New Books Focus on Congressional Reforms

Posted May 16, 2012 at 3:20pm

There are two new books out that you should not wait until summer to read. They recommend pathways to undo political stalemate and avoid the decline of America, so they’re urgent business.

One is “We Can All Do Better” by former Sen. Bill Bradley (D-N.J.), which sets out a broad agenda that includes tax and banking reform and investments in infrastructure, research and lifetime education.

But Bradley’s major priority is passing a constitutional amendment to get special interest money out of politics.

The other is “It’s Even Worse Than It Looks” by scholars Norman Ornstein (a Roll Call contributor) and Thomas Mann, which calls for undoing the “asymmetric polarization” of American politics that blocks solving many of the country’s problems.

Their case is that polarization has given us ideologically pure parliamentary-style parties ill-suiting our constitutional system of checks and balances — and that the polarization is mainly the result of the Republican Party’s lurch to the far right.

They’re leery of Bradley’s proposals for a constitutional amendment to overturn the Supreme Court’s Citizens United decision, public financing of political campaigns and creation of third parties to fight in Congressional elections.

But they have a bevy of less dramatic proposals for political reform — open primaries, making voting more convenient or even mandatory and limiting Senate filibusters — that deserve support.

Even if the two books have different ranges and contain some conflicting conclusions, they both amount to a call to arms for citizens and fair-minded politicians to get serious — really serious — about fixing the system.

To read Bradley’s book is to get mostly depressed about the magnitude of the country’s problems — “a deterioration of the middle-class standard of living, a weakened economy that needs to be stimulated [in the short run] and an unsustainable long-term deficit driven by inadequate revenues and explosive entitlement spending.”

There are also banks that are still “too big to fail” and getting bigger, “a mass media that champions the superficial, sensational and extreme views,” a China that is smartly buying influence around the world while the U.S. tries to win it with arms — and the political polarization that Ornstein and Mann decry.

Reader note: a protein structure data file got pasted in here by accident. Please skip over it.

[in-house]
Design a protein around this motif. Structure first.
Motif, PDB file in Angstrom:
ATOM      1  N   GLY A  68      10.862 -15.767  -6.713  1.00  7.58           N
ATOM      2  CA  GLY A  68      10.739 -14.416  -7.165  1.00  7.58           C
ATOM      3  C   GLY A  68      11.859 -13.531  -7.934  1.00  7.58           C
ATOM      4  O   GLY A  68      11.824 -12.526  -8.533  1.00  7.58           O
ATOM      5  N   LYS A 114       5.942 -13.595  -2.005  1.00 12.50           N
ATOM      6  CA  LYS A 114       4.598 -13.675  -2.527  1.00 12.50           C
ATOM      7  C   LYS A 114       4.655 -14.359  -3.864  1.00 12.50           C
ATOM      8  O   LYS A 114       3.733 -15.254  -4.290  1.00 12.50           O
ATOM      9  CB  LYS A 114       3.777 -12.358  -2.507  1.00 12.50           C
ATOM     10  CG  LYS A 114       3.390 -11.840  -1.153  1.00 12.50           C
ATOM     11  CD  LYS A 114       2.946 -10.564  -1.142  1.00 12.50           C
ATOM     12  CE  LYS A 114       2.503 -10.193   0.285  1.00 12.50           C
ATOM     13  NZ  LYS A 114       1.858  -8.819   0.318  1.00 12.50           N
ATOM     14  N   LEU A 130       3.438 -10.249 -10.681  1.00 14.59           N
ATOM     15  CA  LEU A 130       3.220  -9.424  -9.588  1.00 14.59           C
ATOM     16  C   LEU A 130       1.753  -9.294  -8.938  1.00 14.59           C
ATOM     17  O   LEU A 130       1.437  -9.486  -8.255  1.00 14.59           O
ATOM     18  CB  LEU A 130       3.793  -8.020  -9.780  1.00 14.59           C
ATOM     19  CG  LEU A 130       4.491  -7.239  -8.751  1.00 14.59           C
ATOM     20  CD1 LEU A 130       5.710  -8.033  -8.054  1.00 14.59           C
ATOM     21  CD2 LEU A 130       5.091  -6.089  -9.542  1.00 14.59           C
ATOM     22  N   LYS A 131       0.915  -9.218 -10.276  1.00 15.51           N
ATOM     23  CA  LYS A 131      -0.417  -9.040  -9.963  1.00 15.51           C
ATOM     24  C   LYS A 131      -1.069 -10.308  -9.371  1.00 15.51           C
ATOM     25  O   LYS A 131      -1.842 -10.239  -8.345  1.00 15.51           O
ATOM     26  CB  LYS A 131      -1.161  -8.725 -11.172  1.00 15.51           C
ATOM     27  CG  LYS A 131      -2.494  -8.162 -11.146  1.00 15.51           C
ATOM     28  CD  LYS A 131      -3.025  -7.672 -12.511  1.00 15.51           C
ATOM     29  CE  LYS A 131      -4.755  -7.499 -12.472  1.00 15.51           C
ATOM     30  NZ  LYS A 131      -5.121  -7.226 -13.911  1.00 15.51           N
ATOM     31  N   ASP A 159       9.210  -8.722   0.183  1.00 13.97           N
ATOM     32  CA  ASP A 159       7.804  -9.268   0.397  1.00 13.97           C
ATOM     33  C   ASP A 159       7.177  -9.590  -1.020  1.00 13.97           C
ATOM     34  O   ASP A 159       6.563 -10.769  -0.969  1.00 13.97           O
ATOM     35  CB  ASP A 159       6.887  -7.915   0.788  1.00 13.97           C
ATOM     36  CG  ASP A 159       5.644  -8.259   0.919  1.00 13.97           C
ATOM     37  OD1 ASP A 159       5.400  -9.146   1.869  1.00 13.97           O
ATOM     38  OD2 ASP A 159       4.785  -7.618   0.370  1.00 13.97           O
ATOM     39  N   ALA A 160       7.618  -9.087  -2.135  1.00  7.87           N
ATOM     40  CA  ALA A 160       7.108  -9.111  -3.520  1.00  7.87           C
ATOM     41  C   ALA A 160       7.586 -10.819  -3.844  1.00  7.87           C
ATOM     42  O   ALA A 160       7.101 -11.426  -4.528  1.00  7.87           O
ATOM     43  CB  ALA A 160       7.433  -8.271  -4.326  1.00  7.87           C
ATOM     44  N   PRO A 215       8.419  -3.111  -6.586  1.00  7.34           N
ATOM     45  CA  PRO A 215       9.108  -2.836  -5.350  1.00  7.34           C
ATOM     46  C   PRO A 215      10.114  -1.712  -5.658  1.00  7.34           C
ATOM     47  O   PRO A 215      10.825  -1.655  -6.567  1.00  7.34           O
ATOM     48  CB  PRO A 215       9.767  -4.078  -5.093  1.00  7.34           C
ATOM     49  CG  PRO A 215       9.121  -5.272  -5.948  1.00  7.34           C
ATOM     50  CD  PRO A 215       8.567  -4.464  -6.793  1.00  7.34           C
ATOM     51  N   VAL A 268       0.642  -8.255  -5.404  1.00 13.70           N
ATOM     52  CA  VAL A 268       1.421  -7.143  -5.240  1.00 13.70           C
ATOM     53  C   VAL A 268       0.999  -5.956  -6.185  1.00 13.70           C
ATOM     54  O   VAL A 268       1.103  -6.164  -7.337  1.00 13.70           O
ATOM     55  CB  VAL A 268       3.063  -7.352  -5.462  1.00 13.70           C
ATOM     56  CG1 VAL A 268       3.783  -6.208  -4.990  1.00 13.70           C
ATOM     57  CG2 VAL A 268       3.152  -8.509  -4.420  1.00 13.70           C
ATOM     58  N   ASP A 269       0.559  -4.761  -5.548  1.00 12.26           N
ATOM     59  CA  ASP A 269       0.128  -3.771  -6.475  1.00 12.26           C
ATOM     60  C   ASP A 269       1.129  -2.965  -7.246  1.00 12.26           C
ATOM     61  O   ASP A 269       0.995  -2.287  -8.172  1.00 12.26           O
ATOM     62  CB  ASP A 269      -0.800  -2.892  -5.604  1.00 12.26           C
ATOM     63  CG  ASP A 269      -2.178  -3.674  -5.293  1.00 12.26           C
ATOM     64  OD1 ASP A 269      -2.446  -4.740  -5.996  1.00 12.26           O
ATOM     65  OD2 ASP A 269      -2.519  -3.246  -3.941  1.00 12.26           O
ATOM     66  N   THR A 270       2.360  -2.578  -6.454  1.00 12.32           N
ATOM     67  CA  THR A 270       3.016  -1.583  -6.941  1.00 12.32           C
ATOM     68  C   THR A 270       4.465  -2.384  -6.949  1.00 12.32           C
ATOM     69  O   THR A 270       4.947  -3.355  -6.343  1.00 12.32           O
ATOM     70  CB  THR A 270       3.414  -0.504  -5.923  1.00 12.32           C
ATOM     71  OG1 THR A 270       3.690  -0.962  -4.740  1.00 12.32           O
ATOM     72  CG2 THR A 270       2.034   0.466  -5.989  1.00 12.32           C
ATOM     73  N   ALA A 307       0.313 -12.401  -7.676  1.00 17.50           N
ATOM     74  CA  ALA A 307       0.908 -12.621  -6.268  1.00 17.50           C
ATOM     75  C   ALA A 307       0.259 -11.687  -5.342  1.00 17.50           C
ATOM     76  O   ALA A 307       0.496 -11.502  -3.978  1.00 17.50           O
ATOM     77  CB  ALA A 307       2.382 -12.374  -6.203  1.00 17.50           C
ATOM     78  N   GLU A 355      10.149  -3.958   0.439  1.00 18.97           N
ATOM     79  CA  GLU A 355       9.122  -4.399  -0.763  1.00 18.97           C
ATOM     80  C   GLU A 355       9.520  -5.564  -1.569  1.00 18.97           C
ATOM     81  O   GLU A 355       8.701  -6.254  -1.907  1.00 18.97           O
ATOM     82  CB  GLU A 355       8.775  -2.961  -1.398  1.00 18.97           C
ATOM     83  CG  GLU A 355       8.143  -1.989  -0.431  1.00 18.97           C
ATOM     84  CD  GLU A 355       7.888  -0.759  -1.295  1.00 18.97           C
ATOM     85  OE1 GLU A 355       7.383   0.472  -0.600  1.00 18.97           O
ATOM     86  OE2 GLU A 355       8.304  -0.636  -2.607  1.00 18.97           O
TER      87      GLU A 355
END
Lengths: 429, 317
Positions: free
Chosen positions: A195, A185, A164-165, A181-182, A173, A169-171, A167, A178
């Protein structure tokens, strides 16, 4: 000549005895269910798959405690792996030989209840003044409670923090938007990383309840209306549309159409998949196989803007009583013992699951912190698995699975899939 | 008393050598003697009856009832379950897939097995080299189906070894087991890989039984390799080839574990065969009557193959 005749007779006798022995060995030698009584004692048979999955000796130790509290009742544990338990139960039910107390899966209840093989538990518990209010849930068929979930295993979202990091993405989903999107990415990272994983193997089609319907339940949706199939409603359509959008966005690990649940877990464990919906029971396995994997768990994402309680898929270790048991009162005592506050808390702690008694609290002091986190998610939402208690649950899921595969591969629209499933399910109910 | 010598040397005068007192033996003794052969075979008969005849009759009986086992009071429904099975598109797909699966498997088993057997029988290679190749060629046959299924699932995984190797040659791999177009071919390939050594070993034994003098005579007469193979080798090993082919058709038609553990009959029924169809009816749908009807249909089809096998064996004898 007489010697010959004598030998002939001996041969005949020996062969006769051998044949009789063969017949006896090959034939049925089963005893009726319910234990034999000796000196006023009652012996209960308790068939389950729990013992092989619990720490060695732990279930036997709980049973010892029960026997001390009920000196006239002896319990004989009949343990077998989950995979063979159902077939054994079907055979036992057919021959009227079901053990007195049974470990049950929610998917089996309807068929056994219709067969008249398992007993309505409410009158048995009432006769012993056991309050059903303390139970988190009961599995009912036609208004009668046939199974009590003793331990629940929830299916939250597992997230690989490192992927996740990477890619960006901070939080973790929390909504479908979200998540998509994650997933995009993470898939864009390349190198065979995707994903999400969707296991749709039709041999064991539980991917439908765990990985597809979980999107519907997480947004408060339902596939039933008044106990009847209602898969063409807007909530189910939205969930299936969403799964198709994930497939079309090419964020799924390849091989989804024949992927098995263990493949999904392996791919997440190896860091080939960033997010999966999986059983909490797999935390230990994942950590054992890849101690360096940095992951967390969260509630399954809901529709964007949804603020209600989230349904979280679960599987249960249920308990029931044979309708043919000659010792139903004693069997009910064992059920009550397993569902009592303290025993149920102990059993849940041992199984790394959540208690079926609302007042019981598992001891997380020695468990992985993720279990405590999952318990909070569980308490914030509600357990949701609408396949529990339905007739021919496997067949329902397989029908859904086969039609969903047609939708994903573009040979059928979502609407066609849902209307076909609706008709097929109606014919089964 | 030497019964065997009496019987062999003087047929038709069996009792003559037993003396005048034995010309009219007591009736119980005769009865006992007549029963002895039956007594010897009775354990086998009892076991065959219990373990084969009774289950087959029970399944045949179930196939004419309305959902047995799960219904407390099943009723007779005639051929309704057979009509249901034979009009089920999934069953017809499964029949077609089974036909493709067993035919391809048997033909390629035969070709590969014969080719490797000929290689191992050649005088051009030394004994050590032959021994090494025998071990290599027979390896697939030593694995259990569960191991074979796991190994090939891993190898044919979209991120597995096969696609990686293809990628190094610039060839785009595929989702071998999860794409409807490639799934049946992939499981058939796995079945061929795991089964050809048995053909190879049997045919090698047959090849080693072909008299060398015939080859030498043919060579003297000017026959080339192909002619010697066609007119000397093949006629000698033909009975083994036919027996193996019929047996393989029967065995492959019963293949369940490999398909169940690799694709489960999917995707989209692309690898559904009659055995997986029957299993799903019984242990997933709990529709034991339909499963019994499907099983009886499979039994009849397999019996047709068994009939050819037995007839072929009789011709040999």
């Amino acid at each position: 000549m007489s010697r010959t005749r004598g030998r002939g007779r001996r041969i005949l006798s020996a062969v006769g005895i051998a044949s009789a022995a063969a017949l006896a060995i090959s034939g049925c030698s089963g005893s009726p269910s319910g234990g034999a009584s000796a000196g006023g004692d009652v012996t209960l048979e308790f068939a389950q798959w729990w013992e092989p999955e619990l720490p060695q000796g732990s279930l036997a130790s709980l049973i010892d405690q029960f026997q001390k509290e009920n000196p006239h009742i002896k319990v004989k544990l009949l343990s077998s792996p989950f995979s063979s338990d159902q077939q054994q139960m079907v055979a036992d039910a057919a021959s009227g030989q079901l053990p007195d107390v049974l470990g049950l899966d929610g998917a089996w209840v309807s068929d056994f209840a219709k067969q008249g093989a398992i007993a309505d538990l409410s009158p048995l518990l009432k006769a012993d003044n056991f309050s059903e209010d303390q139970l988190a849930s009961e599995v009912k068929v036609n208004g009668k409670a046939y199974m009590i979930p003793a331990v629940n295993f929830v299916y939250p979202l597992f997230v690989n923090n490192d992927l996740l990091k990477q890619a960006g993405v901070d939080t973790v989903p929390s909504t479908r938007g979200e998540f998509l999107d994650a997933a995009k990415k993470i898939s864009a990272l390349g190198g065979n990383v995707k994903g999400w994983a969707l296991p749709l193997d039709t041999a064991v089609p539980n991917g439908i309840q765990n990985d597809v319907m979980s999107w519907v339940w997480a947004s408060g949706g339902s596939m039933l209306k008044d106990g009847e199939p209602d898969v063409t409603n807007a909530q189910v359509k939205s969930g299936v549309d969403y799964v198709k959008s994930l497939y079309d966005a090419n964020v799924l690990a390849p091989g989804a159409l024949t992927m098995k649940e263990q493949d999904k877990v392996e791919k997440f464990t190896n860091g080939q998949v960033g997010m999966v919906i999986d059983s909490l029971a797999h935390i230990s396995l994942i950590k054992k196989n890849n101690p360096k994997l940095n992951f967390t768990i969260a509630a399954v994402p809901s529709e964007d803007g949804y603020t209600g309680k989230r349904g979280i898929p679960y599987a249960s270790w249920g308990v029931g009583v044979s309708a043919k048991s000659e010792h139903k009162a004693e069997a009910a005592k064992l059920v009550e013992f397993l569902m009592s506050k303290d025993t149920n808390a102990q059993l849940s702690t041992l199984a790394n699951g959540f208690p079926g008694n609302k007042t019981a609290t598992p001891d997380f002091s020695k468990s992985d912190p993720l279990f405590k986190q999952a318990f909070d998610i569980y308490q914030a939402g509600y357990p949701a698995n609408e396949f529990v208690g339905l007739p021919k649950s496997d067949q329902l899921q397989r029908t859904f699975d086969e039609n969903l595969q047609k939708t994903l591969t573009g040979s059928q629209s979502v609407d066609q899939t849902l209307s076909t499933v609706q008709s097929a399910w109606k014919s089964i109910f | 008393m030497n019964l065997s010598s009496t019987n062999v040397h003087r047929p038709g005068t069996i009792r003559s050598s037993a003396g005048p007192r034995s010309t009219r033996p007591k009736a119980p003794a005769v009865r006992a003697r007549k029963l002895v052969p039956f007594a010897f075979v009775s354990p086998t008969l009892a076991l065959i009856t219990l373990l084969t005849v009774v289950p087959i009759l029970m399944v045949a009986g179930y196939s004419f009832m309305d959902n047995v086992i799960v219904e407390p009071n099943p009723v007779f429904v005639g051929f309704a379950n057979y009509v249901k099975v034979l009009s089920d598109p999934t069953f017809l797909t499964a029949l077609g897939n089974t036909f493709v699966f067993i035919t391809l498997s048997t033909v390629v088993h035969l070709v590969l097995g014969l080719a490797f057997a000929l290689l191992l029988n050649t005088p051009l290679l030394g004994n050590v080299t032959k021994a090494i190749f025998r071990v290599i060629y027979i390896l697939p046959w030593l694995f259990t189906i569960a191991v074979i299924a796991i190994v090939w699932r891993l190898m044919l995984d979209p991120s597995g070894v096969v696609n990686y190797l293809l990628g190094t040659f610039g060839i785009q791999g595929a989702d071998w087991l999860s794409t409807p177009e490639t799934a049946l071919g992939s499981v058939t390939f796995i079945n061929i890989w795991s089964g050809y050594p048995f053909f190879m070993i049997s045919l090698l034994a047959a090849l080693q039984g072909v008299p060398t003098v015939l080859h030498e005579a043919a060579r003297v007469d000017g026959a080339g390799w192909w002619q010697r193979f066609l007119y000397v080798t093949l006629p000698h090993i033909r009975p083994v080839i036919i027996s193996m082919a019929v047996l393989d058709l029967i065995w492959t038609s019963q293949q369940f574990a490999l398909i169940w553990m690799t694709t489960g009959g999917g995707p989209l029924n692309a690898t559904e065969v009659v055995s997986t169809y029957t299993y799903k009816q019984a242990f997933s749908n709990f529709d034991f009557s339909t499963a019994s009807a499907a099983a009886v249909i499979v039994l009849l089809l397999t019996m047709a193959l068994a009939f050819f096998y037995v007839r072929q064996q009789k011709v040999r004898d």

Still, Bradley maintains that “America is like a championship team that has hit a slump” from which it can recover.

In a radio interview I did with him last week, he essentially called for a new Theodore Roosevelt-Woodrow Wilson-style Progressive movement that would mount third-party candidacies for Congress starting in 2014 and agitate for public financing of political campaigns.

“You’d have been pessimistic in the 19th century when special interests bought state legislatures that sent lackeys to the Senate or if you lived in the South in the 1920s and faced segregation or if you lived in Pittsburgh in the 1950s and couldn’t see your hand because of the smoke. You’d have thought ‘this can never change,’” he said.

“But it did change and it can change. The challenge is for each of us to be at our best and elevate doing things for each other above doing things for yourself. It begins with one person.”

Bradley’s book contains the best concise analysis I’ve seen of the crash of 2008 and asserts that the “root of all evil” is the ability of special interests to buy the policies they want.

“A lobbyist will talk to you about a bill at 4:30 in the afternoon. He’ll often give you useful information. But then at 6:30, he’ll hold a fundraiser and hand you a check for $10,000.”

Ornstein and Mann favor barring lobbyists from making campaign contributions, but they don’t think public financing will ever fly with the public.

For them, the root of evil is that “one of the two major political parties, the Republican Party, has become an insurgent outlier — ideologically extreme, contemptuous of the inherited social and economic policy regime, scornful of compromise, unpersuaded by conventional understanding of facts, evidence and science and dismissive of the legitimacy of its political opposition.”

They say that Democrats “have become the more status quo oriented, centrist protectors of government, willing to revamp programs and trim entitlements and health benefits. … And rank-and-file Democrats (along with self-identified Independents) favor compromise to solve problems over deadlock.”

Mann and Ornstein urge the mainstream media to call out the Republicans.

I agree with them that the tea party and its allies have pulled the GOP far, far to the right — as evidenced its absolute refusal to support revenue increases even to avoid a government default on its debt.

But I’d put more blame than they do on Democrats — for instance, President Barack Obama’s failure to embrace his own debt commission’s recommendations and his reliance on government to solve every problem.

Still, the burden of both of these books is correct: America needs political reform to secure economic revitalization. And to secure political reform, we need a citizens’ reform movement of the progressive center to match the energy of the tea party on the right. Starting soon — before it’s too late.